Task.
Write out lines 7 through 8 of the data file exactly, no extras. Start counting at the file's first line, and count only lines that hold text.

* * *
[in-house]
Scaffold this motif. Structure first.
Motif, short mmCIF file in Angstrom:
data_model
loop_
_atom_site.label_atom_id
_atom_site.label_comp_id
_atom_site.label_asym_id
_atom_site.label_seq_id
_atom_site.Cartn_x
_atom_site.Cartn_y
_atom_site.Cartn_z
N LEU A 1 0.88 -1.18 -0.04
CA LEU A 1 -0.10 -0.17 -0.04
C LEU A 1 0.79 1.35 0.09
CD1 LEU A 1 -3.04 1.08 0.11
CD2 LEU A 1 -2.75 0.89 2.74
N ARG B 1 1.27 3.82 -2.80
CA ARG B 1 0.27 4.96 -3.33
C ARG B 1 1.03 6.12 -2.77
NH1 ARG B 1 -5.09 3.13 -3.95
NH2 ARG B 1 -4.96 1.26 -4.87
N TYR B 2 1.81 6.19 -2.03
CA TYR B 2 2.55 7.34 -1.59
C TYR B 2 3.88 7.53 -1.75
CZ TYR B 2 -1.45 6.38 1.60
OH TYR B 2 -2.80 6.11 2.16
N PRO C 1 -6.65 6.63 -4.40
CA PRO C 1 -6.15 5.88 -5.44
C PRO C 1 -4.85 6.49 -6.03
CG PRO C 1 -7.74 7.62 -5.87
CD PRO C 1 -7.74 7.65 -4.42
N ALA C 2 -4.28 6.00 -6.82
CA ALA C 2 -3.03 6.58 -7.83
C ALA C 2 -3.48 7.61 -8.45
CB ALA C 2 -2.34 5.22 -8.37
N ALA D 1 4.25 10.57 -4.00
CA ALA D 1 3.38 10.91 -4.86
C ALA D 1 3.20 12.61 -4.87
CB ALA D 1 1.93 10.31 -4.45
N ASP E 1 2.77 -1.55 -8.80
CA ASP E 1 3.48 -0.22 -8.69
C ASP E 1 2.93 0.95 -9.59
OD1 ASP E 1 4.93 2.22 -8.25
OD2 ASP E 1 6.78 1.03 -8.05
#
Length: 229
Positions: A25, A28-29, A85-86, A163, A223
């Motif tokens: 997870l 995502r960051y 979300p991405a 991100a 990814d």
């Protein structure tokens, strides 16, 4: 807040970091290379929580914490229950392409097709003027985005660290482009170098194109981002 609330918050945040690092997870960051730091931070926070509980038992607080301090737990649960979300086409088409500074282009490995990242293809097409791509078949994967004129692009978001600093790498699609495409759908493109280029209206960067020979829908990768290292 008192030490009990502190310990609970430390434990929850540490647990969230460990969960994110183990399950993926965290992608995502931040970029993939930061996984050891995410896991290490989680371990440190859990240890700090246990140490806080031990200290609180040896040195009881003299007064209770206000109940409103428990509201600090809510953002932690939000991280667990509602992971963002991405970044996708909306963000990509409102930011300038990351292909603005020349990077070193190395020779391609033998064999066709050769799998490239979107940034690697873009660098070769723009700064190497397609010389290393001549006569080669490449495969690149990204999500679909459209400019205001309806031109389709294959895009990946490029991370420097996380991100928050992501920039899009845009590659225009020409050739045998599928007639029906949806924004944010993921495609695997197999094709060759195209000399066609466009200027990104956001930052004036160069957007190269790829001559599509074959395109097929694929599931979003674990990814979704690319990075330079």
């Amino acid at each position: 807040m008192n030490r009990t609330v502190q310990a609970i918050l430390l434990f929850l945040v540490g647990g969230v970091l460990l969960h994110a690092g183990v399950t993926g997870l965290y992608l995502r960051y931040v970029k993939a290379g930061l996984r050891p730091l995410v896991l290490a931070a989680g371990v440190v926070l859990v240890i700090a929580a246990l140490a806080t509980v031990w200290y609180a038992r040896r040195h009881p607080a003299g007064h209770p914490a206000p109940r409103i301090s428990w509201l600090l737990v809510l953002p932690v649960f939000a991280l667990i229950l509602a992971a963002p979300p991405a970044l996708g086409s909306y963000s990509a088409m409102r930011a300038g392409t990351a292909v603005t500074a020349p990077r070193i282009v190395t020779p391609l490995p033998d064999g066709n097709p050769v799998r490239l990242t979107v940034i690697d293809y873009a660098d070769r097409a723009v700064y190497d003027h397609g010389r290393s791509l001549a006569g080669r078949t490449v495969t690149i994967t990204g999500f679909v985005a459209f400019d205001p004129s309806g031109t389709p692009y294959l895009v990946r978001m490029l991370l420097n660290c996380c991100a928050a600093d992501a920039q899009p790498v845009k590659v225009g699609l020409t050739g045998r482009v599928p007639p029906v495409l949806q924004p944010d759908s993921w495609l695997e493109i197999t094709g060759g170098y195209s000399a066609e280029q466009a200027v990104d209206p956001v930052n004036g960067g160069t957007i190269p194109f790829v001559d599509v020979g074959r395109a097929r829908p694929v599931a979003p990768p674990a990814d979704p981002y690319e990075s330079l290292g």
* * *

_atom_site.label_comp_id
_atom_site.label_asym_id